The South Korean Nth Room Scandal; Victim As Young As 9

If you haven’t heard yet, South Korea is in turmoil over the revelation of the “Nth Room”. It is a horrifying discovery involving underaged victims, powerful figures and unlawful acts. Here’s all you need to know about the “Nth Room”.

 

The Nth Room Explained

Recent investigations have uncovered a series of chatrooms involved in the distribution of material depicting sexual abuse. This is done via the app, Telegram, which is known to encode all of the information that is exchanged through it. A user with the name “Baksa” (meaning “professor” or “doctor”) was found to be operating a series of closed chat rooms to facilitate his lucrative business. The chatrooms were of various “tiers” – 1st room, 2nd room, 3rd room and so on. Depending on how much users would pay, they would be assigned to a tier. Users who paid ₩100,000 (~RM356.84)  would only be allowed into the 1st room, with the “least” abusive content. Those who could afford to would pay up to ₩1,500,000 (~RM5,352.67) to gain access to the highest tiered room, which had the most abusive videos. with access to the “most” abusive videos. It is estimated that almost 260,000 have entered these chatrooms, with The Korea Cyber Sexual Violence Response Center citing 56 different chat rooms that extorted similar content along with spy-cam images or photos of women.

 

How Nth Room Operated

Photo from Asia Times/Andrew Salmon

 

Cho Joo Bin is a 25-year-old and the chief editor of his school’s newspaper graduated with a GPA of 4.17 out of 4.5 from the Information and Communication programme at Inha Technical College. He also volunteered at an orphanage. But he since December 2018, he’s made a living exploiting as “Baksa”, the moderator for the Nth room. They would pry on young women who were seeking a quick buck and capitalised those from lower-income families.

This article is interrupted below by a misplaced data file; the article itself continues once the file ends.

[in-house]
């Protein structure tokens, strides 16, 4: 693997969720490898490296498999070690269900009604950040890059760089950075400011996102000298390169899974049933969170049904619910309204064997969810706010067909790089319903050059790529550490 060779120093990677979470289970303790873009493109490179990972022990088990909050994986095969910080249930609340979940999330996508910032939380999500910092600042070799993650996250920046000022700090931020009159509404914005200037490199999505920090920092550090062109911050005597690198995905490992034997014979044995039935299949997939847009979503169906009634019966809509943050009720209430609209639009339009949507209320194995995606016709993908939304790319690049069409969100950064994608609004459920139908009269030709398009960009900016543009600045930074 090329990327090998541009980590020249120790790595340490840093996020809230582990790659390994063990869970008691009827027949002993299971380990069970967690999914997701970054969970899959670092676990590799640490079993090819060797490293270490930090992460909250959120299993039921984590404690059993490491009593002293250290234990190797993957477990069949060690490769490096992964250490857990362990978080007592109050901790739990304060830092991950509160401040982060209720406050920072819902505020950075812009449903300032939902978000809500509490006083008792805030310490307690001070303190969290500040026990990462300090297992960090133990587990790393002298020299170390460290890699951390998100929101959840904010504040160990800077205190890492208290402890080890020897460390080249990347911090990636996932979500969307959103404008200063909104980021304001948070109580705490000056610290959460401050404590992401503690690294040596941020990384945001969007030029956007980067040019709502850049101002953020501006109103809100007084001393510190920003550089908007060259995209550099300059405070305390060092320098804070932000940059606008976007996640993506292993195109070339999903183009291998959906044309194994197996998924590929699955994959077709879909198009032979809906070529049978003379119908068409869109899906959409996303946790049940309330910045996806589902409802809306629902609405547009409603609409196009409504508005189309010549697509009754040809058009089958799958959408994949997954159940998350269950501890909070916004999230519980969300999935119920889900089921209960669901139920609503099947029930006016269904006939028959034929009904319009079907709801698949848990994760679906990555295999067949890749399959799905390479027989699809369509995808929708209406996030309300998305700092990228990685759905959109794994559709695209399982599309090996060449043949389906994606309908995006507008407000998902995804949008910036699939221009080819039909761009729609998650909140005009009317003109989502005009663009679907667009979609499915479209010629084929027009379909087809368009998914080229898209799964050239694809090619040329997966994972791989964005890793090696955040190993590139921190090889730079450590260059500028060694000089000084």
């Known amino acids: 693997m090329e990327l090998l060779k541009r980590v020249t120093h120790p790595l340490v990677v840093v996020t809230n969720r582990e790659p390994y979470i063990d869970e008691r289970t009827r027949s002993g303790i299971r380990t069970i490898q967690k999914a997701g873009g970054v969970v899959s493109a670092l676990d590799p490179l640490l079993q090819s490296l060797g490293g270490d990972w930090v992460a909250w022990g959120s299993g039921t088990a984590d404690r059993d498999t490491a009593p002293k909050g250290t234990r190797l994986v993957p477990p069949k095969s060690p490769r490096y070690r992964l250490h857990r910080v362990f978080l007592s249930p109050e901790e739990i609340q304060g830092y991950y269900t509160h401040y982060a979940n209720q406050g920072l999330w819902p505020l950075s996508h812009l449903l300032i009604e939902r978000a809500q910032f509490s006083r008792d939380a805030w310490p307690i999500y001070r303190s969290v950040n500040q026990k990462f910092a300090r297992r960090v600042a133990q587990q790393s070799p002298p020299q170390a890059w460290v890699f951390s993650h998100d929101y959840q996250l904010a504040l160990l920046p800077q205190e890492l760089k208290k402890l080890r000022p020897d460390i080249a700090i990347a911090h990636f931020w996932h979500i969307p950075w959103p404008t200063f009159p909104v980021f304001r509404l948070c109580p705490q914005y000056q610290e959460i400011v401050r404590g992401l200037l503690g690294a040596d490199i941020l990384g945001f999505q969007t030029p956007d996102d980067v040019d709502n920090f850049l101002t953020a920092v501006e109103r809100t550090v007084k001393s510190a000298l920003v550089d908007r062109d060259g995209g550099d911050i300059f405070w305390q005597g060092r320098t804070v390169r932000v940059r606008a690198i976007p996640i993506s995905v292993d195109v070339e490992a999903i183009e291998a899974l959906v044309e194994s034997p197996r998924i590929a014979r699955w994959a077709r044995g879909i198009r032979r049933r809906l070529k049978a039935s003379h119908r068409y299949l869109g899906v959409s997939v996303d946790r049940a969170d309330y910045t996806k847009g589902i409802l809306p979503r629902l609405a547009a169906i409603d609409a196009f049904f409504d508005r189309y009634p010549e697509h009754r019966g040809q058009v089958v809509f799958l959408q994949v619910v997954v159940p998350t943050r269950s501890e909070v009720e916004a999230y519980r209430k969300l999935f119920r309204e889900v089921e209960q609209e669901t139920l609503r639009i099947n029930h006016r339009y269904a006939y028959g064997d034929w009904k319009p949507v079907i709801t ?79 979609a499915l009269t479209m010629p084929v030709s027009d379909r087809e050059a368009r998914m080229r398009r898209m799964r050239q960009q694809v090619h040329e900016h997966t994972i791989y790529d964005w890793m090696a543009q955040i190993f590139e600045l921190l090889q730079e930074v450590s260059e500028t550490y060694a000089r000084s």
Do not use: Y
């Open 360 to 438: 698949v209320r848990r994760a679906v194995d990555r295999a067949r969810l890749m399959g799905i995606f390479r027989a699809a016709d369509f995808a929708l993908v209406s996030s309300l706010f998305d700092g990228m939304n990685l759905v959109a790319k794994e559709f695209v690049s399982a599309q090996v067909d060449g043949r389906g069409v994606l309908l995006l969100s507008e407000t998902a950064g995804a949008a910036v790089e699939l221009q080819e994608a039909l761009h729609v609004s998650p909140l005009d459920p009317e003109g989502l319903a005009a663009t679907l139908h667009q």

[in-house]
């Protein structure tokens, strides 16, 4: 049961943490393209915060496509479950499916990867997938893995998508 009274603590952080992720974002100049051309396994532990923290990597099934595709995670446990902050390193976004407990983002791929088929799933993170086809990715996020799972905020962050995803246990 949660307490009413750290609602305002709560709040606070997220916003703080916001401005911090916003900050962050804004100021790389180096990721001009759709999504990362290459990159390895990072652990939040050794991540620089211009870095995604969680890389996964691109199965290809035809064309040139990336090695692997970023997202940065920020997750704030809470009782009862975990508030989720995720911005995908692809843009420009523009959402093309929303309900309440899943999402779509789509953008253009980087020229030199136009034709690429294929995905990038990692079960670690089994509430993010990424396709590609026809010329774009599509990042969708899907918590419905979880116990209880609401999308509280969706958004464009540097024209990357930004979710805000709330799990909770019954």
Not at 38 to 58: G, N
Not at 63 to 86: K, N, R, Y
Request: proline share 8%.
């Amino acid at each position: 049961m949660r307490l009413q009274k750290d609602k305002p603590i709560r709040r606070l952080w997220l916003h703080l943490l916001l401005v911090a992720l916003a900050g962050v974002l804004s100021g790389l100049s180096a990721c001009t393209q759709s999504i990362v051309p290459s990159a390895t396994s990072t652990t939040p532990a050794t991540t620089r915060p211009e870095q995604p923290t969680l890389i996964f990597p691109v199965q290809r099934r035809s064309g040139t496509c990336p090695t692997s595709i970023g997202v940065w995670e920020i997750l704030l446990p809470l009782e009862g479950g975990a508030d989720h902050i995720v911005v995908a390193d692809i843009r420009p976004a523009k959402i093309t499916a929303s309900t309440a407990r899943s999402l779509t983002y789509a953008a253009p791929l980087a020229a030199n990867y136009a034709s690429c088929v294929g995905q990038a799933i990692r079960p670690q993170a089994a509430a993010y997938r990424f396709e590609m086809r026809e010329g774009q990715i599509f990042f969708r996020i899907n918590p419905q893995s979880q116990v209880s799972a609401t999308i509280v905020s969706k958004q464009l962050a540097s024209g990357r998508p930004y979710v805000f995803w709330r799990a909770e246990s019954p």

However, one of the ways Baksa and “his operators” would find his victims is through Twitter. He would tweet them under the guise of pointing them to a website that might have exposed their private identities/ circulated their private pictures. The website link would then take them to a decoy site that looked like Twitter, where the victims would then have to log into their Twitter accounts. The link would ask them to enter their personal details (i.e. phone number, address) to ensure that their account is secured, giving Baksa and his accomplices’ access to their personal data. They would then threaten to release the victims’ personal information online unless they were sent nude photographs. Once they had these, the blackmail escalated. Initially, victims would be asked to take videos of themselves undressing and masturbating. These videos would then be distributed amongst the “lower-tier” Nth rooms.

 

With these, they would then blackmail victims into doing worse acts. From there, they would then be pressured into masochistic acts from both Baksa and the users in the chat room. Users in the chat could demand the “act” they wanted to see from the girls; Baksa and his associates would get it done by threatening the girls involved. These would then be distributed amongst the “higher-tier” rooms.

 

Because of this, it wasn’t just the victims that were blackmailed, users of the chatrooms were also targeted. The Korea Herald has also reported Baksa of having secured “private information about the victims and chatroom members through administrative aides at local government offices to blackmail the users and victims.”

 

What It’s Like As A Victim (Warning: The following contains the graphic, disturning true account of sexual abuse via the Nth Room.)

Recently, one of the victims of the Nth Room scandal sat down with CBS’s radio show Kim Hyun Jung‘s News Show to describe her ordeal.

 

The victim was in Middle School (Grades 7 – 9, between the age of 12 to 16). Lacking the money to fund her living expenses, she looked up chatting applications before finding one. A message soon followed, “Hello, I am looking for a part-timer for a sponsored job, I am offering 4,000,000 a month. If you are interested, contact me”. After talking to the person, she was then directed to download Telegram so that could continue their conversation there. Once on Telegram, he proceeded to ask for her bank account details so he could send her money. To gain her trust, he sent an image of his “stocks” and a screengrab of the money being credited into her account, which would then take 5 days to get to her. He then asked for her address and phone number to send her a new phone. Suddenly, she found herself having shared all of her personal details with this stranger.